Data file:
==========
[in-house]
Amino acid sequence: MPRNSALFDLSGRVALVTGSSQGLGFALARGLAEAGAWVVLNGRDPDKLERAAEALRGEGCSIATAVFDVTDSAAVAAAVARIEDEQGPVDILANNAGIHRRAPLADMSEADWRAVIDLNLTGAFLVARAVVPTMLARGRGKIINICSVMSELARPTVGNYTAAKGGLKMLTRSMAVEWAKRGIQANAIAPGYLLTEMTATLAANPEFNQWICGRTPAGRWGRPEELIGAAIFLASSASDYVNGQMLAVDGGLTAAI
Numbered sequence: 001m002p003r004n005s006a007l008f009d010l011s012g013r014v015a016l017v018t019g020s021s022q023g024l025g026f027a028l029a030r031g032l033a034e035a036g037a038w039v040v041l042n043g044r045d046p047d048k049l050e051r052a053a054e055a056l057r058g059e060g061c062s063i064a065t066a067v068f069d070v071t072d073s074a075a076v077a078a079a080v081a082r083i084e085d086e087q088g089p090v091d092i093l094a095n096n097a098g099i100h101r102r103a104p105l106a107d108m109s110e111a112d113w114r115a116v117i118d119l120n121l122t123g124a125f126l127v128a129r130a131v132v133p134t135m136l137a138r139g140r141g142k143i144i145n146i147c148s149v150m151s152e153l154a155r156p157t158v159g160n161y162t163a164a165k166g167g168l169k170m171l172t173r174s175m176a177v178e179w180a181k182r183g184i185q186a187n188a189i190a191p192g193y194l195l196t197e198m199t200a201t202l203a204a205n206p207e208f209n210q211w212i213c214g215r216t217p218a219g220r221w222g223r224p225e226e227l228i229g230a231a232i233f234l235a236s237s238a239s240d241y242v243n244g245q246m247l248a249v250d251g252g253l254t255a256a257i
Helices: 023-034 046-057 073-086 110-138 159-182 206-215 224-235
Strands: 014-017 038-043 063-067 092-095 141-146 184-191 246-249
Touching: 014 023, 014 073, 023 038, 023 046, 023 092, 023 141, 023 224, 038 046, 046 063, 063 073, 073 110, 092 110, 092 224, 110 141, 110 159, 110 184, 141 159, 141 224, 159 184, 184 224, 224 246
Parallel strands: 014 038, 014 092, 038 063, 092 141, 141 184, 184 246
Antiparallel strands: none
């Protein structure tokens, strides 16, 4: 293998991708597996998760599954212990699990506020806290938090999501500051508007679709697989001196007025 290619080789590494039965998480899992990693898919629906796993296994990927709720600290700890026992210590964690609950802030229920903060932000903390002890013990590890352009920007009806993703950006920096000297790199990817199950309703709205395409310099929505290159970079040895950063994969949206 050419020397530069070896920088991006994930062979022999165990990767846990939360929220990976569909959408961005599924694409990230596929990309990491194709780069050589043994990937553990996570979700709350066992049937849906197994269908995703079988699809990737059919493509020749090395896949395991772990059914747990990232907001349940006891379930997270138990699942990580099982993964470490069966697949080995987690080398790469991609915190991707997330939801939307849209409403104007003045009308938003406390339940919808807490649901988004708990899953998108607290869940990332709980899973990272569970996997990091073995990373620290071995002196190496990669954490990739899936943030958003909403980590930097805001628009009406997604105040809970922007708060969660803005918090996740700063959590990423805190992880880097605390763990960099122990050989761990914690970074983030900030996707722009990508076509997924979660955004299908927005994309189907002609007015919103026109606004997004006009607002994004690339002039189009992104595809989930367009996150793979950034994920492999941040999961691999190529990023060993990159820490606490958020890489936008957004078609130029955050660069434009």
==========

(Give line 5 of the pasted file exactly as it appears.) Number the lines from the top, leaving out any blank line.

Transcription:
Strands: 014-017 038-043 063-067 092-095 141-146 184-191 246-249